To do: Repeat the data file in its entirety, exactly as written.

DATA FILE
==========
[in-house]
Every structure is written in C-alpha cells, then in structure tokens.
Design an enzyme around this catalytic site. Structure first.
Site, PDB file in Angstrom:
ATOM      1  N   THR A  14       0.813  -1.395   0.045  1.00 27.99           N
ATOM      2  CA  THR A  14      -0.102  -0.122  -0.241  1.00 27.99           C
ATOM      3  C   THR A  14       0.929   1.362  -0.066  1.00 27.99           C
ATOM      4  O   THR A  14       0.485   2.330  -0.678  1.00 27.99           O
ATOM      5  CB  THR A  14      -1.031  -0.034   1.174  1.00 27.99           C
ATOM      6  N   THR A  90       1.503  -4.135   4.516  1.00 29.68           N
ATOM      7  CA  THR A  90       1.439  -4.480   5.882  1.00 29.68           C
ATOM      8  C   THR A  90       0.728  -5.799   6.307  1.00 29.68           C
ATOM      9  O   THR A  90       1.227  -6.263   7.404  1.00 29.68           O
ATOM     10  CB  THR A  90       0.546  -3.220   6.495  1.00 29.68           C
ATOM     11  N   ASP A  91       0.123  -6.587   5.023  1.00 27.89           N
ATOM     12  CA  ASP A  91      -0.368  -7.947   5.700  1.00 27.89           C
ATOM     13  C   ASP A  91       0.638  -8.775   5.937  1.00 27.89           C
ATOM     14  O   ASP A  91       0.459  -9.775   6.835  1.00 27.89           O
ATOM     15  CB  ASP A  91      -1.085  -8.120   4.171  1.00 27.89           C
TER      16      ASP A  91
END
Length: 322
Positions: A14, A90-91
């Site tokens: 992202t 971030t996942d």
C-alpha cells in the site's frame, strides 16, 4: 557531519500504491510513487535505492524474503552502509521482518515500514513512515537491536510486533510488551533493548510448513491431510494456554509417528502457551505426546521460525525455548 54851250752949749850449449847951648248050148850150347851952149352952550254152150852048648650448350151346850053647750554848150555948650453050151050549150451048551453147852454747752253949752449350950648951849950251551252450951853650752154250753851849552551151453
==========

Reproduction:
[in-house]
Every structure is written in C-alpha cells, then in structure tokens.
Design an enzyme around this catalytic site. Structure first.
Site, PDB file in Angstrom:
ATOM      1  N   THR A  14       0.813  -1.395   0.045  1.00 27.99           N
ATOM      2  CA  THR A  14      -0.102  -0.122  -0.241  1.00 27.99           C
ATOM      3  C   THR A  14       0.929   1.362  -0.066  1.00 27.99           C
ATOM      4  O   THR A  14       0.485   2.330  -0.678  1.00 27.99           O
ATOM      5  CB  THR A  14      -1.031  -0.034   1.174  1.00 27.99           C
ATOM      6  N   THR A  90       1.503  -4.135   4.516  1.00 29.68           N
ATOM      7  CA  THR A  90       1.439  -4.480   5.882  1.00 29.68           C
ATOM      8  C   THR A  90       0.728  -5.799   6.307  1.00 29.68           C
ATOM      9  O   THR A  90       1.227  -6.263   7.404  1.00 29.68           O
ATOM     10  CB  THR A  90       0.546  -3.220   6.495  1.00 29.68           C
ATOM     11  N   ASP A  91       0.123  -6.587   5.023  1.00 27.89           N
ATOM     12  CA  ASP A  91      -0.368  -7.947   5.700  1.00 27.89           C
ATOM     13  C   ASP A  91       0.638  -8.775   5.937  1.00 27.89           C
ATOM     14  O   ASP A  91       0.459  -9.775   6.835  1.00 27.89           O
ATOM     15  CB  ASP A  91      -1.085  -8.120   4.171  1.00 27.89           C
TER      16      ASP A  91
END
Length: 322
Positions: A14, A90-91
């Site tokens: 992202t 971030t996942d």
C-alpha cells in the site's frame, strides 16, 4: 557531519500504491510513487535505492524474503552502509521482518515500514513512515537491536510486533510488551533493548510448513491431510494456554509417528502457551505426546521460525525455548 54851250752949749850449449847951648248050148850150347851952149352952550254152150852048648650448350151346850053647750554848150555948650453050151050549150451048551453147852454747752253949752449350950648951849950251551252450951853650752154250753851849552551151453